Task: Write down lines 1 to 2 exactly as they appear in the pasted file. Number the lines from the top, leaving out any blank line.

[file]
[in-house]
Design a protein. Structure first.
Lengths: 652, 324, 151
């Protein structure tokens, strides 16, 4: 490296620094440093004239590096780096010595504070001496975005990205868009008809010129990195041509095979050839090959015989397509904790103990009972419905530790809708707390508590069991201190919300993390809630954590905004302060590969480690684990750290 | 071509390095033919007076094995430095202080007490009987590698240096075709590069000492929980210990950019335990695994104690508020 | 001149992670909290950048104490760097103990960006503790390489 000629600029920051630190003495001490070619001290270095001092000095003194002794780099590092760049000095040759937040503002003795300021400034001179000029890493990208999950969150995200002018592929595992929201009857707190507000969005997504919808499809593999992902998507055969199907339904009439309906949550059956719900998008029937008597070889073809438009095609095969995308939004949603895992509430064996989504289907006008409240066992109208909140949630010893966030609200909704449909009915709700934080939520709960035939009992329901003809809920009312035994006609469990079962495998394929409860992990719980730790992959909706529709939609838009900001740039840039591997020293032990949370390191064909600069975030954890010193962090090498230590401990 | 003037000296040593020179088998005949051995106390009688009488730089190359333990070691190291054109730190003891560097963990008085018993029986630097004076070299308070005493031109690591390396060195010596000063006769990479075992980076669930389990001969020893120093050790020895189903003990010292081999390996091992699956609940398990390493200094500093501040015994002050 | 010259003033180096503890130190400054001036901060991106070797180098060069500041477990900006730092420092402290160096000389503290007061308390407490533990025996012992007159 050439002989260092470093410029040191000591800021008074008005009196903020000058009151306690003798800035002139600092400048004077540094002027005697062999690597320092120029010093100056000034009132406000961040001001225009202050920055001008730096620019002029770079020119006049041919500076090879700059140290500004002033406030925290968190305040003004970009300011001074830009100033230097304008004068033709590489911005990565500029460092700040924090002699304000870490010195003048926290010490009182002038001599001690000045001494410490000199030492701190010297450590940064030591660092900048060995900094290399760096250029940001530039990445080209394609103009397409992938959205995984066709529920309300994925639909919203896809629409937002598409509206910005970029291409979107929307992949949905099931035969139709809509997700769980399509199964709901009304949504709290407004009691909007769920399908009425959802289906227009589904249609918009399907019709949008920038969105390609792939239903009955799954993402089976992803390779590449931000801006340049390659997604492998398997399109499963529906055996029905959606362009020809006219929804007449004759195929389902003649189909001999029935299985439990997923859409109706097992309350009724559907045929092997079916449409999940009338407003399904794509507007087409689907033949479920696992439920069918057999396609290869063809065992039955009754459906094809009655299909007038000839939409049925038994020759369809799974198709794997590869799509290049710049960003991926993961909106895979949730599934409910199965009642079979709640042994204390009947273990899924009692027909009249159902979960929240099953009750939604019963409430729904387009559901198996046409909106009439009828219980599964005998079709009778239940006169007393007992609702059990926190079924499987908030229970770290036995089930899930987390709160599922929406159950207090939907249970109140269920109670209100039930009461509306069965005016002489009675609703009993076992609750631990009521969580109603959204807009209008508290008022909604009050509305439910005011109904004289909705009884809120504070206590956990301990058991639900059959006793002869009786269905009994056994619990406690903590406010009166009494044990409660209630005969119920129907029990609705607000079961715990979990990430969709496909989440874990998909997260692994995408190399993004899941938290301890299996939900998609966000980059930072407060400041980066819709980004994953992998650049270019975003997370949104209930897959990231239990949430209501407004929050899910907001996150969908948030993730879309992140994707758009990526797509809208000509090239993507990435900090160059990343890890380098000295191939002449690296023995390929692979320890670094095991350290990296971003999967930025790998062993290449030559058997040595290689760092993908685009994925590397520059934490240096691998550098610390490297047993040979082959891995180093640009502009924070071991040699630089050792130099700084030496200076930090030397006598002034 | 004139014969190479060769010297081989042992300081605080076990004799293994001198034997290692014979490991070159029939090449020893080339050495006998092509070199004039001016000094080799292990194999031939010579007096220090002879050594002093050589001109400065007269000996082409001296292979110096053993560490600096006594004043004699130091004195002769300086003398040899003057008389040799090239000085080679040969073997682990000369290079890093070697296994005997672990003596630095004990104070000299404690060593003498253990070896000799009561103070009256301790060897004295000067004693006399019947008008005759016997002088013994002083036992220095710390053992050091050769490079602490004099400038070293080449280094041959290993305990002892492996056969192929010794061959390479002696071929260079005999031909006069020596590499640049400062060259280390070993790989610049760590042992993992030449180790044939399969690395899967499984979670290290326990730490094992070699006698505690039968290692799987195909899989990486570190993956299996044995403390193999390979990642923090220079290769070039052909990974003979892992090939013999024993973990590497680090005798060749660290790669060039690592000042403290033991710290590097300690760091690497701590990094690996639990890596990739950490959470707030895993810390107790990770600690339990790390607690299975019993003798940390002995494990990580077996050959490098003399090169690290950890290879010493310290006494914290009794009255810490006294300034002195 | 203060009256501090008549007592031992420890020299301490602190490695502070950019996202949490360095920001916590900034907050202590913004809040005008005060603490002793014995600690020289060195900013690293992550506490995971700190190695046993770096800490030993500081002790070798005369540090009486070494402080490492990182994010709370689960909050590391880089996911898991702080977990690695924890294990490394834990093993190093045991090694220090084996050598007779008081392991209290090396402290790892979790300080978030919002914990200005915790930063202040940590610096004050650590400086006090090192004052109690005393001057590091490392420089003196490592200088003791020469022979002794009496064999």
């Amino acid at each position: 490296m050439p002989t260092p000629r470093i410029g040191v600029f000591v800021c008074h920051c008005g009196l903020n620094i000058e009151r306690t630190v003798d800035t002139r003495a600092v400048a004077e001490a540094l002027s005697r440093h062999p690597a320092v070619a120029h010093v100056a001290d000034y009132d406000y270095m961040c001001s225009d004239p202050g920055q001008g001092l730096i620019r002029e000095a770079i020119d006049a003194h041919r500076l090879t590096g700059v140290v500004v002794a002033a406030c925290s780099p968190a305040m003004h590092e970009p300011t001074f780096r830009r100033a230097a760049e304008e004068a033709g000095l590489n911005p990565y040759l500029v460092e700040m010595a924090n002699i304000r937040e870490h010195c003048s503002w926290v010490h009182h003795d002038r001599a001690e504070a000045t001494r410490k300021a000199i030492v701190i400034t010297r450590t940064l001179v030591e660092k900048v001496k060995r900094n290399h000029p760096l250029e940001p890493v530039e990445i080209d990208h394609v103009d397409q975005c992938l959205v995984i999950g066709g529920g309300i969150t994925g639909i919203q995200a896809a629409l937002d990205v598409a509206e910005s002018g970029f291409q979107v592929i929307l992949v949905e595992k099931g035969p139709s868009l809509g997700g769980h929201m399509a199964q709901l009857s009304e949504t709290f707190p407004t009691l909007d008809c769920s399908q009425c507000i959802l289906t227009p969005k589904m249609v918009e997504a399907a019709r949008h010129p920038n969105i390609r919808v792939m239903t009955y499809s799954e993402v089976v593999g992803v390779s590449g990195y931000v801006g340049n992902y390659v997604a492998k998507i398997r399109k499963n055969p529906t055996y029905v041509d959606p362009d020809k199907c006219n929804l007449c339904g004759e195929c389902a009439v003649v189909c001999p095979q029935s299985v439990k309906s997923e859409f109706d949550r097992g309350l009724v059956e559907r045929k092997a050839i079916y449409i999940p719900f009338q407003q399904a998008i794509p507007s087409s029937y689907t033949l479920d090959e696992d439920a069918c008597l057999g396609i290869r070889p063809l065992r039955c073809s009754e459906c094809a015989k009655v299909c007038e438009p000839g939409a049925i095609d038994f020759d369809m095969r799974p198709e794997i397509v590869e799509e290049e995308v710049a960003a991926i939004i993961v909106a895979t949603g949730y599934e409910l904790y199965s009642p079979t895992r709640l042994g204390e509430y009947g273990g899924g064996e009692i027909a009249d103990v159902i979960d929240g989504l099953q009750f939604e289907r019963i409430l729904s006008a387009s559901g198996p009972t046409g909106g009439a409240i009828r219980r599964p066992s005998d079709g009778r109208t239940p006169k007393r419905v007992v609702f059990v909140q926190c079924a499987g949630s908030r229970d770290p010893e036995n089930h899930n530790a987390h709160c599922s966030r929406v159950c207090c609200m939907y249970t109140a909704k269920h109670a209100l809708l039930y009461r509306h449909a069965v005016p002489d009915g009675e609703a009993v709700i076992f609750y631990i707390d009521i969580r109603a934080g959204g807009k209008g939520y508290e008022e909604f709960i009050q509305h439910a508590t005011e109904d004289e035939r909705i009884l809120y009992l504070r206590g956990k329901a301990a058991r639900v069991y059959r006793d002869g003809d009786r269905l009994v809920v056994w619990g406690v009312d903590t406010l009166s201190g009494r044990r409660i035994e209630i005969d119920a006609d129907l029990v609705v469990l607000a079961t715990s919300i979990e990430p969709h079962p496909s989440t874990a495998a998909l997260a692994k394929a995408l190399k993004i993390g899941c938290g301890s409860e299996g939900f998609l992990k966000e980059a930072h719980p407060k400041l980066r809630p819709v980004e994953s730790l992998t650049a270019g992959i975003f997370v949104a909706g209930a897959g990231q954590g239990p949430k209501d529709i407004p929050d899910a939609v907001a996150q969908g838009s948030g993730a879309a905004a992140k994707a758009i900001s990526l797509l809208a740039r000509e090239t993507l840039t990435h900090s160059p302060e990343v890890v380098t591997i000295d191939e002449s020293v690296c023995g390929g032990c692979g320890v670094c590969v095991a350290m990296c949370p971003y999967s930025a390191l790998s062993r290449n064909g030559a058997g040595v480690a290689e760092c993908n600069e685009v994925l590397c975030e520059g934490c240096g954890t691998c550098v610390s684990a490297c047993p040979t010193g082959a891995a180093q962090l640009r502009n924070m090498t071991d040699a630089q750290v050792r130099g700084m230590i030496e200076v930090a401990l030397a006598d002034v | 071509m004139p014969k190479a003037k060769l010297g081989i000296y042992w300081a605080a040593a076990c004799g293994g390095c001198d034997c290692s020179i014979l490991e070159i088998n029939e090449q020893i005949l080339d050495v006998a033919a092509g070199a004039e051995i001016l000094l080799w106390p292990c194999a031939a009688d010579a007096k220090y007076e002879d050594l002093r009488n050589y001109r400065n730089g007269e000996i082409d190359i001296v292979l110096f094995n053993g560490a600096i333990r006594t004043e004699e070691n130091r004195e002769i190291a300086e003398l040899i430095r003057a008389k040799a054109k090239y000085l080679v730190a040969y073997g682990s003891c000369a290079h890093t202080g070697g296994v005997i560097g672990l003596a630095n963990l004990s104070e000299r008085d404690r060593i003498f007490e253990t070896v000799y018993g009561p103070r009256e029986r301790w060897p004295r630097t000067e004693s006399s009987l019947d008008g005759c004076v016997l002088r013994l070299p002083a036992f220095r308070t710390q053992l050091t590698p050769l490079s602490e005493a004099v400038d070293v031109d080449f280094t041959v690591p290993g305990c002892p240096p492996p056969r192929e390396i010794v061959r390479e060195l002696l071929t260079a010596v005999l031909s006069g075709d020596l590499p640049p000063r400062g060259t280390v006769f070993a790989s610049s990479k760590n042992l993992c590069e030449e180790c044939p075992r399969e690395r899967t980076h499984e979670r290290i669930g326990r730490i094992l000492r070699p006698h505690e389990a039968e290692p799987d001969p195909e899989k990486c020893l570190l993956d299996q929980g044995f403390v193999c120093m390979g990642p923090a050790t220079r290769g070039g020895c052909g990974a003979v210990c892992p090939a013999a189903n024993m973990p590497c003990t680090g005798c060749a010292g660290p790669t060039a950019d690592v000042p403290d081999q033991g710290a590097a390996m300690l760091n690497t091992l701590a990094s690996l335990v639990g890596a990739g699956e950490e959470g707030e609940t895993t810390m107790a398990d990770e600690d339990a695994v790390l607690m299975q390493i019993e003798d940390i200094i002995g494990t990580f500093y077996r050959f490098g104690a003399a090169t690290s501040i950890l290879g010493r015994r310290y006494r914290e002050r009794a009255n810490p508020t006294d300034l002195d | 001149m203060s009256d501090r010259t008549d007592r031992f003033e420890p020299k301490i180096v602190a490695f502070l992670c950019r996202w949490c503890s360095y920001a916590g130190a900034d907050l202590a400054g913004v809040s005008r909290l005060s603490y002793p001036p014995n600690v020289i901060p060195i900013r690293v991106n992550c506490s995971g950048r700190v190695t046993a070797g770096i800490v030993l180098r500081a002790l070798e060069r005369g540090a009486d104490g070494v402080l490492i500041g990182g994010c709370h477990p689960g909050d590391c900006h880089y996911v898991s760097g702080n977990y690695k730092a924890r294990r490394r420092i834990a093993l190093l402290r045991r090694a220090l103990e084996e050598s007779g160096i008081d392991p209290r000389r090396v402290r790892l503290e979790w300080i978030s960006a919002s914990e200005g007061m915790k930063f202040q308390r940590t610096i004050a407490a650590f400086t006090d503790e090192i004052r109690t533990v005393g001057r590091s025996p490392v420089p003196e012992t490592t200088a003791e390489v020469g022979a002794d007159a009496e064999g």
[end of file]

[in-house]
Design a protein. Structure first.